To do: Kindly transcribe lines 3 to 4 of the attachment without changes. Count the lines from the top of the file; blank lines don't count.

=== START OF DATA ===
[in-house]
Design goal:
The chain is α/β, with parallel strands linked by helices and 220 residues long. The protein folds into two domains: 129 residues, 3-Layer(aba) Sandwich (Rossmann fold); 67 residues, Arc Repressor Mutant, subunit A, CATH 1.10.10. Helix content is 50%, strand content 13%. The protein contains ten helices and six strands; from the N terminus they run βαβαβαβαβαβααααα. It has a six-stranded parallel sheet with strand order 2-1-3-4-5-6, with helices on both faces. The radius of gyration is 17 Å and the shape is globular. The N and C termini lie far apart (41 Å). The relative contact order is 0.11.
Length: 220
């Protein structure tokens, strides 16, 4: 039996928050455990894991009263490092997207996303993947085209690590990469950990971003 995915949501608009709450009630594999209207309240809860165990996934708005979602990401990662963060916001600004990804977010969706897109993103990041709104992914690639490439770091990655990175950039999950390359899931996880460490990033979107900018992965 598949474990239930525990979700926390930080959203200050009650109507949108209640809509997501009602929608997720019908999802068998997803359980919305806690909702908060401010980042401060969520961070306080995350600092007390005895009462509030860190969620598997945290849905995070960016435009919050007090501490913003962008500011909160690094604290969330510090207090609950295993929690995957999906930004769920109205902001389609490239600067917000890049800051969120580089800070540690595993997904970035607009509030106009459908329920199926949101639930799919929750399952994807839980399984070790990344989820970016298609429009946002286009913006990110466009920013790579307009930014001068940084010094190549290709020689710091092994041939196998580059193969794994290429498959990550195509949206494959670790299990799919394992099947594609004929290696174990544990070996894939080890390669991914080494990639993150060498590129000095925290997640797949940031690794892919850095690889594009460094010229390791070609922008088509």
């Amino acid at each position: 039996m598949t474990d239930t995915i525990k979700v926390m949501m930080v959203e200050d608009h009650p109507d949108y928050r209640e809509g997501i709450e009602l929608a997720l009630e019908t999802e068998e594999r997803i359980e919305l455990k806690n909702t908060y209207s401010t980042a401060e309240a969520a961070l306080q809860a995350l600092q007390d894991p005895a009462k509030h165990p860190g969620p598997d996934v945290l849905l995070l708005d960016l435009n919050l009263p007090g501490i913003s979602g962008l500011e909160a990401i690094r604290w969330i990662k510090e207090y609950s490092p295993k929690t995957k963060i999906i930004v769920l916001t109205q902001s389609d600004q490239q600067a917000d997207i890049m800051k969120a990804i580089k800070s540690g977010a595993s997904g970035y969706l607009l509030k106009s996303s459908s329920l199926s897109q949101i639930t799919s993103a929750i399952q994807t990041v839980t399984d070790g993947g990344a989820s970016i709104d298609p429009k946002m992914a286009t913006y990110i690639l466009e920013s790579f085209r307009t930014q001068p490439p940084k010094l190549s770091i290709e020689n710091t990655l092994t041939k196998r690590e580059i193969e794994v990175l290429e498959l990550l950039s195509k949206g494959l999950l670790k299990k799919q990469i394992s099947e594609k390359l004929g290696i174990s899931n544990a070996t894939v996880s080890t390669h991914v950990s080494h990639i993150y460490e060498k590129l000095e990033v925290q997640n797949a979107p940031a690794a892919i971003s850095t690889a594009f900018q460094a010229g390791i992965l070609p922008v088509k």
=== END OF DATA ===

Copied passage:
The chain is α/β, with parallel strands linked by helices and 220 residues long. The protein folds into two domains: 129 residues, 3-Layer(aba) Sandwich (Rossmann fold); 67 residues, Arc Repressor Mutant, subunit A, CATH 1.10.10. Helix content is 50%, strand content 13%. The protein contains ten helices and six strands; from the N terminus they run βαβαβαβαβαβααααα. It has a six-stranded parallel sheet with strand order 2-1-3-4-5-6, with helices on both faces. The radius of gyration is 17 Å and the shape is globular. The N and C termini lie far apart (41 Å). The relative contact order is 0.11.
Length: 220